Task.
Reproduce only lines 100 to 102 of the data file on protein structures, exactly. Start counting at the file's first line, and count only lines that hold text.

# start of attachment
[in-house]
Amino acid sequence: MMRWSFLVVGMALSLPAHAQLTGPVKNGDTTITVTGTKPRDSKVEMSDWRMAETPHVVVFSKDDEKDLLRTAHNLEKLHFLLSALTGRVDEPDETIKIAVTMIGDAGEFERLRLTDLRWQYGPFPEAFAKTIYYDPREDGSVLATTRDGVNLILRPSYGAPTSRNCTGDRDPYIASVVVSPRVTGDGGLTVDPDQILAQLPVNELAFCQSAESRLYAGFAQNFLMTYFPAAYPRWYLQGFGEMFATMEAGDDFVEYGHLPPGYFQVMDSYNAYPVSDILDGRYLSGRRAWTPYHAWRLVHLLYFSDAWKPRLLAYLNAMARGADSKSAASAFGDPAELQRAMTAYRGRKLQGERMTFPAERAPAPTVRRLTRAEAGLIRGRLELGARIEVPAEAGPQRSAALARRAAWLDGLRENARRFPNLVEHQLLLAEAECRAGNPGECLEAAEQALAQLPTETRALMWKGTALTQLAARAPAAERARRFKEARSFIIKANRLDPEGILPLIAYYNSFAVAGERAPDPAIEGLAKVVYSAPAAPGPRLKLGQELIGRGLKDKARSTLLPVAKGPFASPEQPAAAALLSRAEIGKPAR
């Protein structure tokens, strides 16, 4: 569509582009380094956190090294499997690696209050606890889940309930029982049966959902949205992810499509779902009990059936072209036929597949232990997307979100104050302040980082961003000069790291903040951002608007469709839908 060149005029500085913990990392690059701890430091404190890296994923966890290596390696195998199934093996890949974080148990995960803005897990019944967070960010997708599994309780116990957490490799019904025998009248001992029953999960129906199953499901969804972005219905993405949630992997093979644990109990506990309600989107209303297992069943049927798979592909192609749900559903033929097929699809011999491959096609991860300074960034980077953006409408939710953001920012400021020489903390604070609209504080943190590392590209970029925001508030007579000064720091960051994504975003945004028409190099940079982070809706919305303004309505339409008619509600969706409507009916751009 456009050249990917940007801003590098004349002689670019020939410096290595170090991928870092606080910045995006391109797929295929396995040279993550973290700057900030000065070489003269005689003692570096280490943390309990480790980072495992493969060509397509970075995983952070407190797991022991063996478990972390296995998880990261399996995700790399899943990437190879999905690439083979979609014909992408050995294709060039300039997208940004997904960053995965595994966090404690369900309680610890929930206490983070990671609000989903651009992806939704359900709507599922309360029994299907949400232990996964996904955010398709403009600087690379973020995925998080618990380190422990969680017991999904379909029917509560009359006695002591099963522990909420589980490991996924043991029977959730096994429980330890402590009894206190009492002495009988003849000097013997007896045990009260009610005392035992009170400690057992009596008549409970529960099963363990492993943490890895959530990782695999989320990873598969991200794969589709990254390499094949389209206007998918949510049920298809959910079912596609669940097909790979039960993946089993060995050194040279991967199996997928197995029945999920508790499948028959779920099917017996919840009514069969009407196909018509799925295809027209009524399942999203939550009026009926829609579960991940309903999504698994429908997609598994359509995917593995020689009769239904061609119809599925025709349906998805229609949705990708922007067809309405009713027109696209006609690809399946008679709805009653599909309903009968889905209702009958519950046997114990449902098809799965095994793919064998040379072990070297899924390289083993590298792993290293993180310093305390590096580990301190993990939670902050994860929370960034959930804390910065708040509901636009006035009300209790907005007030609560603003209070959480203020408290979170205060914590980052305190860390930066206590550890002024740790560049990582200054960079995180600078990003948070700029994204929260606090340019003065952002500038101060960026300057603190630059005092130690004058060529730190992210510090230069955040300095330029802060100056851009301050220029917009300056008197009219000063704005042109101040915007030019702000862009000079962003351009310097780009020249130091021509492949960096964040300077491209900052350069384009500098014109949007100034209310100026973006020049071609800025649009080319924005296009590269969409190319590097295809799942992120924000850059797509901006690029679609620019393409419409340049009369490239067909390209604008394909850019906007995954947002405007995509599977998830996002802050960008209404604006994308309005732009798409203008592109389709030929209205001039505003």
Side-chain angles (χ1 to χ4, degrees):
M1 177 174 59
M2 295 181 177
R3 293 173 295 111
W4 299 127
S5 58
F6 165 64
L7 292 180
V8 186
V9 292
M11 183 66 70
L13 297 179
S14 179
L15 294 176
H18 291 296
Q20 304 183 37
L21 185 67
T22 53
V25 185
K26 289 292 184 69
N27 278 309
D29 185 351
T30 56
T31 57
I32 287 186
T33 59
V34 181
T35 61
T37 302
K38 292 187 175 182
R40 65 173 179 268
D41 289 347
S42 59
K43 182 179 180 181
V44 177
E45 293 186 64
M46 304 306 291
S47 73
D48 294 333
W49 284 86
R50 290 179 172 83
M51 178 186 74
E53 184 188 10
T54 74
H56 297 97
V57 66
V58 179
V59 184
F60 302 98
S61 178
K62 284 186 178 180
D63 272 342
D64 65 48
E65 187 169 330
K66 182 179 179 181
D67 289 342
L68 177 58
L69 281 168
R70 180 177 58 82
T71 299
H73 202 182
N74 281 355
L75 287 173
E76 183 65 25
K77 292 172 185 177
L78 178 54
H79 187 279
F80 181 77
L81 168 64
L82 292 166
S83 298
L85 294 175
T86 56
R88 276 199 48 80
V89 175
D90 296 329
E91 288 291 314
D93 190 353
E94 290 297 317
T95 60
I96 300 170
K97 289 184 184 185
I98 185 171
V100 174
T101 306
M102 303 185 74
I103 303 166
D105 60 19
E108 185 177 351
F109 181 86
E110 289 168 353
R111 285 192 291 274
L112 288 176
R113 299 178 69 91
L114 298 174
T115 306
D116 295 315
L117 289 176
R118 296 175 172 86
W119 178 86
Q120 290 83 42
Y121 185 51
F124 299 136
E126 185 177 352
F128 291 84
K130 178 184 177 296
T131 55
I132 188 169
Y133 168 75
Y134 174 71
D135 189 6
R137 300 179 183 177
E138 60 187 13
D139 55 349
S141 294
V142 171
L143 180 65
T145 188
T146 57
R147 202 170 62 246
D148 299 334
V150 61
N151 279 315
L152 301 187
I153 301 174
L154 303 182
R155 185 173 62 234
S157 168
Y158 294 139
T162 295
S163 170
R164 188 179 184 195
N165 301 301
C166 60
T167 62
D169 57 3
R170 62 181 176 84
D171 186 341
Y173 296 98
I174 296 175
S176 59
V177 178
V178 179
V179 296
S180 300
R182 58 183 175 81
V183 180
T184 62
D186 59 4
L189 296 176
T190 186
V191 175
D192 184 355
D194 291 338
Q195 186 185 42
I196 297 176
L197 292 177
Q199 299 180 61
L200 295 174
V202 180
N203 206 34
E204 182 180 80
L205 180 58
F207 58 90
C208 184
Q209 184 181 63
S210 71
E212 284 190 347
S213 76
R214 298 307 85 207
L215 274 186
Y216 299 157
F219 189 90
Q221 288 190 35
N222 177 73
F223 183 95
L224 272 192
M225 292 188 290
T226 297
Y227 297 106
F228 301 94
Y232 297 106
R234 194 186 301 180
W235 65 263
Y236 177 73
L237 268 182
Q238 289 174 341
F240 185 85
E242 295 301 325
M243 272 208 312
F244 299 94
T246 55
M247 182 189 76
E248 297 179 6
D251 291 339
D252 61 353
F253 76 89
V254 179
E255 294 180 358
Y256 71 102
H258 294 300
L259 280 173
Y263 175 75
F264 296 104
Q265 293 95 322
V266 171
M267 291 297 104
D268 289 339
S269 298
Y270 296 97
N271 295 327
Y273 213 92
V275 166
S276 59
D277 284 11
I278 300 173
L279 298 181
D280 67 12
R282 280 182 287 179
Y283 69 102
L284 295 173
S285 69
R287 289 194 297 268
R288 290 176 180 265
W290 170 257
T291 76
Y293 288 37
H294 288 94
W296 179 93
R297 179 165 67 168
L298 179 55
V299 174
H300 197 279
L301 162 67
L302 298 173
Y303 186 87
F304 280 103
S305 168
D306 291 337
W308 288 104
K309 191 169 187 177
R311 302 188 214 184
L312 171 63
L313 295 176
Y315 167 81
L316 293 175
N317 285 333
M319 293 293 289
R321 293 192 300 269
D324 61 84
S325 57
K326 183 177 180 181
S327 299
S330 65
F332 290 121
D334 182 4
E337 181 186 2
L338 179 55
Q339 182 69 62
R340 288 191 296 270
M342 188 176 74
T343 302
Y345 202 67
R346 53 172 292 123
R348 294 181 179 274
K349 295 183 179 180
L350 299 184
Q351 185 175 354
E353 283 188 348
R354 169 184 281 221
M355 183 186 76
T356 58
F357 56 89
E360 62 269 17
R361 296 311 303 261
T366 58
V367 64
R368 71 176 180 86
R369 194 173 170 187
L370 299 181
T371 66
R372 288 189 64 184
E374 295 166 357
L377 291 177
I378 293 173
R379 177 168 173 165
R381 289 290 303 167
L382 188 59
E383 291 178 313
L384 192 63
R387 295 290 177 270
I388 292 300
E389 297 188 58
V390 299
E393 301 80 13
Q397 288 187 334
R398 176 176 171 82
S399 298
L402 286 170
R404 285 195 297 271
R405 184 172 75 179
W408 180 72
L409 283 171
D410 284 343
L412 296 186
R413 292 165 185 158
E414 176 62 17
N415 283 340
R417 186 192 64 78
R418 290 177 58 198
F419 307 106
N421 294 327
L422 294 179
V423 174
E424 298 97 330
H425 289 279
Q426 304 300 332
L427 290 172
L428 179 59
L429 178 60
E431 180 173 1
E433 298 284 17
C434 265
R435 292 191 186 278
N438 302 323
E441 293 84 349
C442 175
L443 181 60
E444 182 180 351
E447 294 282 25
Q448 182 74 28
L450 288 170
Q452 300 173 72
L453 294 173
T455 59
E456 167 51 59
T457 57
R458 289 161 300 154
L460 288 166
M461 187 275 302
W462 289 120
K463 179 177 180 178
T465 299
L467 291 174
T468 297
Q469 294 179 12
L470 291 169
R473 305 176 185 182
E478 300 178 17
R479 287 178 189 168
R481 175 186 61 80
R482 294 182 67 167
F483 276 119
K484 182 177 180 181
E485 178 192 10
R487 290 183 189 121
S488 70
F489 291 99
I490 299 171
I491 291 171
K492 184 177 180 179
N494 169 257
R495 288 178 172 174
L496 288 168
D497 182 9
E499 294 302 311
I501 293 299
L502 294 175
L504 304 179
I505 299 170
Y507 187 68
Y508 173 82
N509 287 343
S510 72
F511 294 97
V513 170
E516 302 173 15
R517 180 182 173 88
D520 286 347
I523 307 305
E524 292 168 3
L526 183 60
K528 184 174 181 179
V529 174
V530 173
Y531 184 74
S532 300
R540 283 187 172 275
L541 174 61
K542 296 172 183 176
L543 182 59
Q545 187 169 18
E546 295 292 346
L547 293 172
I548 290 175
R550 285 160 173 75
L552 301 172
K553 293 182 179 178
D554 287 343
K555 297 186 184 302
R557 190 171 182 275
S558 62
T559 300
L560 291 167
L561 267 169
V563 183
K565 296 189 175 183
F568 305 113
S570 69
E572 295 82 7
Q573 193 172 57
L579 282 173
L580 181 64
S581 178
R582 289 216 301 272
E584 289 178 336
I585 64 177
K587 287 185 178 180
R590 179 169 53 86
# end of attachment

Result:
D116 295 315
L117 289 176
R118 296 175 172 86